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What Simone Biles, Jane Goodall, Coco Chanel all have in common

The word ‘doyen’ originated in France in the 15th century. It originally was the name for a commanding officer of a regiment of 10 people.1 Doyen then came to mean ‘a leading or senior person in a group or in society.’ By 1905, the word was expanded to the feminine ‘doyenne’ meaning a female leader of a group.[2] Today, the meaning of doyenne is more than just a female leader, but an expert--a woman who is the most prominent and respected person in a particular field.

Simone Biles, arguably the best gymnast in history, Jane Goodall, English primatologist and anthropologist and Coco Chanel of the eponymous label, Chanel, all fall within the category of ‘doyenne.’ From different times and in different fields, these three women stand out as the best in their fields, as record breakers, experts, and mavericks.

The impact that each of these women had and continue to have on society is great.

Simone Biles


Simone Biles broke into our minds and hearts during the 2016 Rio Olympics where she won 4 gold medals and one bronze. Biles has shown, like many sporting doyennes preceding her, that a woman’s body is an athlete’s body.


Biles has shown her influence on the sport of gymnastics, shaping the vision and leadership of USA gymnastics from the youthful age of 24. She is a powerhouse and she is a survivor. Biles was briefly in the foster care system as a child and was one of many female gymnasts who reported being sexually abused by a notorious gymnastics doctor. Through all of this, including an ADHD diagnosis, Biles has come out on top. What does this say to other girls and young women that see Biles standing strong on the platform? What does it say to young black girls in a sport which lacks diversity?


Biles is likely to be the face of the upcoming Tokyo Olympics. With this huge event in her future, Simone has shunned big brand sponsors and is taking meaningful steps to partners with smaller brands with which she can have more agency to create positive change for women and girls.

Jane Goodall




Jane Goodall is world’s foremost expert on chimpanzees. How does one come to be such an expert? In the case of Jane, it was not by following the mold. Jane’s mother encouraged her


to pursue primatology, a male-dominated field at the time.

Janegoodall.org, the Jane Goodall Institute website, nicely sums up Jane’s past and present work:

“Equipped with little more than a notebook, binoculars, and her fascination with wildlife, Jane Goodall braved a realm of unknowns to give the world a remarkable window into humankind’s closest living relatives. Through nearly 60 years of groundbreaking work, Dr. Jane Goodall has not only shown us the urgent need to protect chimpanzees from extinction; she has also redefined species conservation to include the needs of local people and the environment. Today she travels the world, speaking about the threats facing chimpanzees and environmental crises, urging each of us to take action on behalf of all living things and planet we share.”[3]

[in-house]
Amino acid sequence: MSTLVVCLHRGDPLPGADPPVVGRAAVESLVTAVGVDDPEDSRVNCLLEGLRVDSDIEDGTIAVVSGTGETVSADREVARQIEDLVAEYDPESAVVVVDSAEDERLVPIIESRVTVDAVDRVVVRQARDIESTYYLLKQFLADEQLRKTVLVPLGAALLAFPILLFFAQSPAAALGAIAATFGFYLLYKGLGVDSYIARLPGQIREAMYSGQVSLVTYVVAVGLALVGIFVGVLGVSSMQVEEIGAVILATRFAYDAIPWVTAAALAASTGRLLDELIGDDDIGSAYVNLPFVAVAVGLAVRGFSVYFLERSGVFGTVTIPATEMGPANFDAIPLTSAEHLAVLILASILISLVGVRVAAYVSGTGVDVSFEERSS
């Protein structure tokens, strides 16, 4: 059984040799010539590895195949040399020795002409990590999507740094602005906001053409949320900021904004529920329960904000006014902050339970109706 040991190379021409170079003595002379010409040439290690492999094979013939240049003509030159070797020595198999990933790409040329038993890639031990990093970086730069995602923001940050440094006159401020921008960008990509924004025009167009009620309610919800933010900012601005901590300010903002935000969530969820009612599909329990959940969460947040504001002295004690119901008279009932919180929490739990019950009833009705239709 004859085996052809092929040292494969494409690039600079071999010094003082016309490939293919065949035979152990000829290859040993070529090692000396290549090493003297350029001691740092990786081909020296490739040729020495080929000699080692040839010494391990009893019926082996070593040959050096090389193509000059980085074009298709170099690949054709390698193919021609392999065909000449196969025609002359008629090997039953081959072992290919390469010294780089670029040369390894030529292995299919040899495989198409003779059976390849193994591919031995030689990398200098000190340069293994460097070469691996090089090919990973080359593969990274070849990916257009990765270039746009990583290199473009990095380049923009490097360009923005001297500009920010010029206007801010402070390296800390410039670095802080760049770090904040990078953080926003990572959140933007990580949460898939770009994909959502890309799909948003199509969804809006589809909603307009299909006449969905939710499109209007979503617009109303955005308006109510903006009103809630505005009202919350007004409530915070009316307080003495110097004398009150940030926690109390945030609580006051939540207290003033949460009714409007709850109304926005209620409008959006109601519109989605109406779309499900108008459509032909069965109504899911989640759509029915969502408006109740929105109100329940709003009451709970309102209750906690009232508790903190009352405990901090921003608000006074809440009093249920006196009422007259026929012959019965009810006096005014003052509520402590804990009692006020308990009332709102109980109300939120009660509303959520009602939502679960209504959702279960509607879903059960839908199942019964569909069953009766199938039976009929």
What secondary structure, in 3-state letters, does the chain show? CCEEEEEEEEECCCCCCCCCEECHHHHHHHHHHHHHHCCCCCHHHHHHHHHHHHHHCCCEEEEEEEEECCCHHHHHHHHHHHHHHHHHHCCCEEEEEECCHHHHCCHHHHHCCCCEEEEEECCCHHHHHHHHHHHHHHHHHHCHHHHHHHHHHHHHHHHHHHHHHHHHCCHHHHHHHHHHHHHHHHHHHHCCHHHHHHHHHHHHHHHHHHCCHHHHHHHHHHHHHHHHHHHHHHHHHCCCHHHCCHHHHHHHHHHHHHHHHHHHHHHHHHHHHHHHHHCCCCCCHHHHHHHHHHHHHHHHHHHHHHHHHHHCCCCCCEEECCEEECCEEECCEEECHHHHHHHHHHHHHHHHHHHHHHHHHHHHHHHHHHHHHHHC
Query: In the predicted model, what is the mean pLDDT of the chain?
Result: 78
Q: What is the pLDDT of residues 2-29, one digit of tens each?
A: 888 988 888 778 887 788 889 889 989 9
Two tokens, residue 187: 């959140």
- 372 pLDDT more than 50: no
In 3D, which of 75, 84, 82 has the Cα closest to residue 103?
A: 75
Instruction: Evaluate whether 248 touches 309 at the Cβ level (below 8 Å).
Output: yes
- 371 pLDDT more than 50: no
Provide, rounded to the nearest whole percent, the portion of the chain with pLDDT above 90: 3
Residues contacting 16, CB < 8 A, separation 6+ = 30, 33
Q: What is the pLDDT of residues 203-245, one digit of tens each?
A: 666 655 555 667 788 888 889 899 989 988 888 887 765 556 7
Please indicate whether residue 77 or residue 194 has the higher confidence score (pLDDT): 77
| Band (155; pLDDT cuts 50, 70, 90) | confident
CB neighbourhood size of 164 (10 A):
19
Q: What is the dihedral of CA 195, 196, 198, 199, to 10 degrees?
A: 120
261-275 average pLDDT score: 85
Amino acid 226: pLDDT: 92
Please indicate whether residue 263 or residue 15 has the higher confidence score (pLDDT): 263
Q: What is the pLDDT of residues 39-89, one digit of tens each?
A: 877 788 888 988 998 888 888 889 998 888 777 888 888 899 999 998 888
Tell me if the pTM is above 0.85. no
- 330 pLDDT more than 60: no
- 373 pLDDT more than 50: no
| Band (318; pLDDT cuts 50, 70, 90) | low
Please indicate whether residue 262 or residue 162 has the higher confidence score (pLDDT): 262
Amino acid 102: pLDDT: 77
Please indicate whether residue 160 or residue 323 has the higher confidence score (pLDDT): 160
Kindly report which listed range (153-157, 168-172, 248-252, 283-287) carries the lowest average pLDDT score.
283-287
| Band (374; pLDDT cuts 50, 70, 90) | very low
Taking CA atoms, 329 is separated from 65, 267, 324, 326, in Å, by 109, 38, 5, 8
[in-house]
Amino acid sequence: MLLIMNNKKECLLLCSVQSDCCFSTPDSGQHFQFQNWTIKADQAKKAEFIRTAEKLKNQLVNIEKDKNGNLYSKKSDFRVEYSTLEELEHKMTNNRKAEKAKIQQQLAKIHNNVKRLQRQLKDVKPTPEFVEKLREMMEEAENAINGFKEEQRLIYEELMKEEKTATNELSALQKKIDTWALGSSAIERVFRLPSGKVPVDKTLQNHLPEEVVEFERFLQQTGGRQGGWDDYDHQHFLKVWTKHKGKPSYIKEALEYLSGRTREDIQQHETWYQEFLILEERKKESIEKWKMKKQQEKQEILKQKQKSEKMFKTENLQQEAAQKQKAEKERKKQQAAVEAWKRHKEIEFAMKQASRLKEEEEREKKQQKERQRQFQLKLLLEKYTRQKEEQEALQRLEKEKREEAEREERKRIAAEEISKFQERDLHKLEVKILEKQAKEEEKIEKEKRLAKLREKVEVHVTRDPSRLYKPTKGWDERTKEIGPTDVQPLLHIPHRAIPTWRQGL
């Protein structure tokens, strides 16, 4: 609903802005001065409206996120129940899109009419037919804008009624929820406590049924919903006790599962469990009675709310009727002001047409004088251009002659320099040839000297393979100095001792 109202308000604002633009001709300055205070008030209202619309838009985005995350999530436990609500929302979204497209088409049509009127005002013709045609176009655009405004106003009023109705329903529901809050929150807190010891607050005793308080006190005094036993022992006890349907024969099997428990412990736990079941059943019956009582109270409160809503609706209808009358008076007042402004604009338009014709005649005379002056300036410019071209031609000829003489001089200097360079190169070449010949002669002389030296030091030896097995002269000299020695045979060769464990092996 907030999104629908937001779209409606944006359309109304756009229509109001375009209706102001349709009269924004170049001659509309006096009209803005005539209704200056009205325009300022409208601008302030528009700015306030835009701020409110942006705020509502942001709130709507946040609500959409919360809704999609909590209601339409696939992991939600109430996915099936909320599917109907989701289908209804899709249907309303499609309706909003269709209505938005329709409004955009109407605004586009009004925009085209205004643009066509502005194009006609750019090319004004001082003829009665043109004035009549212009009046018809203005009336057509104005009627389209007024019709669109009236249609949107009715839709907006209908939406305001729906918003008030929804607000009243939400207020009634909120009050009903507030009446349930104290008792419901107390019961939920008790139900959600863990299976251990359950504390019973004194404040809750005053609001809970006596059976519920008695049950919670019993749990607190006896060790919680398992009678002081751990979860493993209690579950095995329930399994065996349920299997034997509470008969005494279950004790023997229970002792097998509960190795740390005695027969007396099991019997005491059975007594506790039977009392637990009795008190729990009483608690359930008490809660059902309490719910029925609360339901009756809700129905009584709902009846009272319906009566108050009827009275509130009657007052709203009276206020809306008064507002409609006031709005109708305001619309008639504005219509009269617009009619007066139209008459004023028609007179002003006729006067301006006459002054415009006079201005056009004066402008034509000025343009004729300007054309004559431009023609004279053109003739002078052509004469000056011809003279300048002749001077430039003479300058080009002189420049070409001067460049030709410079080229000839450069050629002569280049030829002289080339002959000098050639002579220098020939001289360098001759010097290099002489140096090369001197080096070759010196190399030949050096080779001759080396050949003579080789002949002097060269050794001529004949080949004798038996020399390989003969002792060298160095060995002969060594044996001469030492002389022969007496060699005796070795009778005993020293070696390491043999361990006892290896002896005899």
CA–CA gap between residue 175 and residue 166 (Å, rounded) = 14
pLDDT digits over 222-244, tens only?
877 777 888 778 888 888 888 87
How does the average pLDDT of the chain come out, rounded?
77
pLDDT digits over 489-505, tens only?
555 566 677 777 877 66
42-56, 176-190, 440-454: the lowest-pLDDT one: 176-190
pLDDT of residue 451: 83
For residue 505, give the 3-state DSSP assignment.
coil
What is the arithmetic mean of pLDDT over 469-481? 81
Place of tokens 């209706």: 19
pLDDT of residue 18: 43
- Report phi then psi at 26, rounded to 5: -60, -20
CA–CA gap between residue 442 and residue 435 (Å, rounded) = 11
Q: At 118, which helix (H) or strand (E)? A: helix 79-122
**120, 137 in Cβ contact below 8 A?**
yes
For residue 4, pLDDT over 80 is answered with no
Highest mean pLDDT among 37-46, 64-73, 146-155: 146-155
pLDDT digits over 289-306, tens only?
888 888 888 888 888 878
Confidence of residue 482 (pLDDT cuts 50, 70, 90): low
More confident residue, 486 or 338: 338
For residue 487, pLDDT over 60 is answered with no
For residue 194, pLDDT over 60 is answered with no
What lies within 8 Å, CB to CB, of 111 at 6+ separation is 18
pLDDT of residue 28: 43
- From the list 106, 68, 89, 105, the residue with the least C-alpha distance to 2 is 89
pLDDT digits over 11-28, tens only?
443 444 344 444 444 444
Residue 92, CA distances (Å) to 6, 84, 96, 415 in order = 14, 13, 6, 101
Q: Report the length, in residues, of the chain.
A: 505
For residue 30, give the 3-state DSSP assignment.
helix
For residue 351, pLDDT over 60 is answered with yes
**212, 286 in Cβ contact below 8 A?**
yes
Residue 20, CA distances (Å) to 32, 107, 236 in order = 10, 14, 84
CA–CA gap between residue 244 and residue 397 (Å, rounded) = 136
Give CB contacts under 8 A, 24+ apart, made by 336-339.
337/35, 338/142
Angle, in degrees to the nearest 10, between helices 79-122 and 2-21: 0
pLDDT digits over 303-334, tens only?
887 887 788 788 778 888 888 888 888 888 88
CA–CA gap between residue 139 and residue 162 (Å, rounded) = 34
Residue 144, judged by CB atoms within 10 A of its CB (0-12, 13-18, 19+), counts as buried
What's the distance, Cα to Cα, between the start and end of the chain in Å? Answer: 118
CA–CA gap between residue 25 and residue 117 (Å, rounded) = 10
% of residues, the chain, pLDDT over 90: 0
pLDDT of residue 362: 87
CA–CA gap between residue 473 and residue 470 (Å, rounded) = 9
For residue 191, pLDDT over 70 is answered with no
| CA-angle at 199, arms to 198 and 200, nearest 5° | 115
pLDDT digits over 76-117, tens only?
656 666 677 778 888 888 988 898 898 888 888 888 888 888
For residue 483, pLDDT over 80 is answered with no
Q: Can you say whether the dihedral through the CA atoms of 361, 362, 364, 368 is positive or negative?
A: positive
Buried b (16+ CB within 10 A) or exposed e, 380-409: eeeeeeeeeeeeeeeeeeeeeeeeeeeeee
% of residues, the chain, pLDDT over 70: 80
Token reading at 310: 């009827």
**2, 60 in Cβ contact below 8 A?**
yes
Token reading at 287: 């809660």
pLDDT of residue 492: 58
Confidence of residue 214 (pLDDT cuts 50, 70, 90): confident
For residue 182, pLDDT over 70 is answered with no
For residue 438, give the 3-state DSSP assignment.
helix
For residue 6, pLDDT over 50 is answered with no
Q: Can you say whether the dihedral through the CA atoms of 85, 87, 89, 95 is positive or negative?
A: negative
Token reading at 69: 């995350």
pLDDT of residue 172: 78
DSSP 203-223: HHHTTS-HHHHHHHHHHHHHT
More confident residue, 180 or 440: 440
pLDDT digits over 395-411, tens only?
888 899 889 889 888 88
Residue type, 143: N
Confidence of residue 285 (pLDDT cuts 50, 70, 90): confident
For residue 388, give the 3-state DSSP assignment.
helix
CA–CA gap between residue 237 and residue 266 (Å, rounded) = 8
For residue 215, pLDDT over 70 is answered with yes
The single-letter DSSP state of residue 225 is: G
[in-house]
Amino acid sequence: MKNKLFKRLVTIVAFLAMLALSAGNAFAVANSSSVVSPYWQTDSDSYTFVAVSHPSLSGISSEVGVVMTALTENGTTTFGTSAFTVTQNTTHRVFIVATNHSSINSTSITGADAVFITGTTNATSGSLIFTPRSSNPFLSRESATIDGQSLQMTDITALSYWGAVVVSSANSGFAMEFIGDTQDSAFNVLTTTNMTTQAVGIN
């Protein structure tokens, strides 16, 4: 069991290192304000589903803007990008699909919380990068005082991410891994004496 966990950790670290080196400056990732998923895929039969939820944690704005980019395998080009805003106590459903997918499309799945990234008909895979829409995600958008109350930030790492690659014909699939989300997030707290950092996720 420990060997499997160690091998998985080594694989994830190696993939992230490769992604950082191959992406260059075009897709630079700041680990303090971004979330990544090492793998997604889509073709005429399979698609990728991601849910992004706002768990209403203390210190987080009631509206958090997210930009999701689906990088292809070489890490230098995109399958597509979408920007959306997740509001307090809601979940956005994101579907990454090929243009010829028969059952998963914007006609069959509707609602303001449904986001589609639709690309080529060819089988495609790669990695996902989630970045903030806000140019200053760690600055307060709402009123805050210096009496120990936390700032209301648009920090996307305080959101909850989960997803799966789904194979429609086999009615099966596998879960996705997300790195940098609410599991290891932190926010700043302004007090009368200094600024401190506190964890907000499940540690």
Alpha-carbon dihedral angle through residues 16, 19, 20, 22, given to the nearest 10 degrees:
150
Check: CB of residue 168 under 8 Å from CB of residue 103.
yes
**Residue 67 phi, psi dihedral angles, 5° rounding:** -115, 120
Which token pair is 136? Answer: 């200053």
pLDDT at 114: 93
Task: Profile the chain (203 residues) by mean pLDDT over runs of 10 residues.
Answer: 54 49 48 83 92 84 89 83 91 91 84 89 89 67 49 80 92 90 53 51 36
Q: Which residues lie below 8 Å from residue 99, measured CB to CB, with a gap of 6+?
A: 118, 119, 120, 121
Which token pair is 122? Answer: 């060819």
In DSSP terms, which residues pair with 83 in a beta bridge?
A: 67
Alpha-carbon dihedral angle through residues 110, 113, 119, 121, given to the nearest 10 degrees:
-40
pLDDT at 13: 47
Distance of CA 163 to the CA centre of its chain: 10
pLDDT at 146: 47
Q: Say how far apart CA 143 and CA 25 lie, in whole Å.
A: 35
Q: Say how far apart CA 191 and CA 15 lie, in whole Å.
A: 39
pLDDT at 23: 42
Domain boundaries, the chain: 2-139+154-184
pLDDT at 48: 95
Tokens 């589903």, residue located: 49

Today, the field of primatology is an area of science with one of the highest proportions of women to men. Jane, along with two other female primatologist, Fossey and Galdikas, collectively known as the “Trimates” became role models for and inspired countless young women who might not have otherwise pursued a career in science.[4]


Coco Chanel


Courtesy of Chanel; photograph, Douglas Kirkland

Like Simone, Coco Chanel, née Gabrielle Bonheur Chanel, had a less than perfect childhood. After her mother died when she was 11 years old, Coco’s father sent her to live in a Catholic orphanage. It was there that she learned how to sew. Chanel became an entrepreneur after a failed show business career. She started with hats and soon moved into clothing [4] Coco made clothes that ‘women could move in.’ Her rise officially ended corsets in everyday women’s fashion. Chanel was the first to make pants a fashion item for women and ushered the use of the color black (yes, black) into women’s clothing.


Fashion was a man’s business in Chanel’s day. Chanel broke that mold. She was a doyenne in fashion and who continues to influence the fashion world. Although Chanel was a shining role model for women, fashion continues to be dominated by men. Even today, although a significant majority of fashion school graduates are women, only 40% of womenswear fashion brands are designed by women and only 14% of the 50 major fashion brands are women led [5].


The gender inequality in fashion is emblematic of the gender inequality in society at large. We still have a long way to go to reach gender equity and close the gender gap. A big part of this change will have to include more Chanel’s, more Simone’s and more Jane’s in every field and every place. We need doyennes to lead the way.

Sources:


1. Etymology

2. About Jane Goodall

3.CBC Article

4. Coco Chanel

5. Forbes




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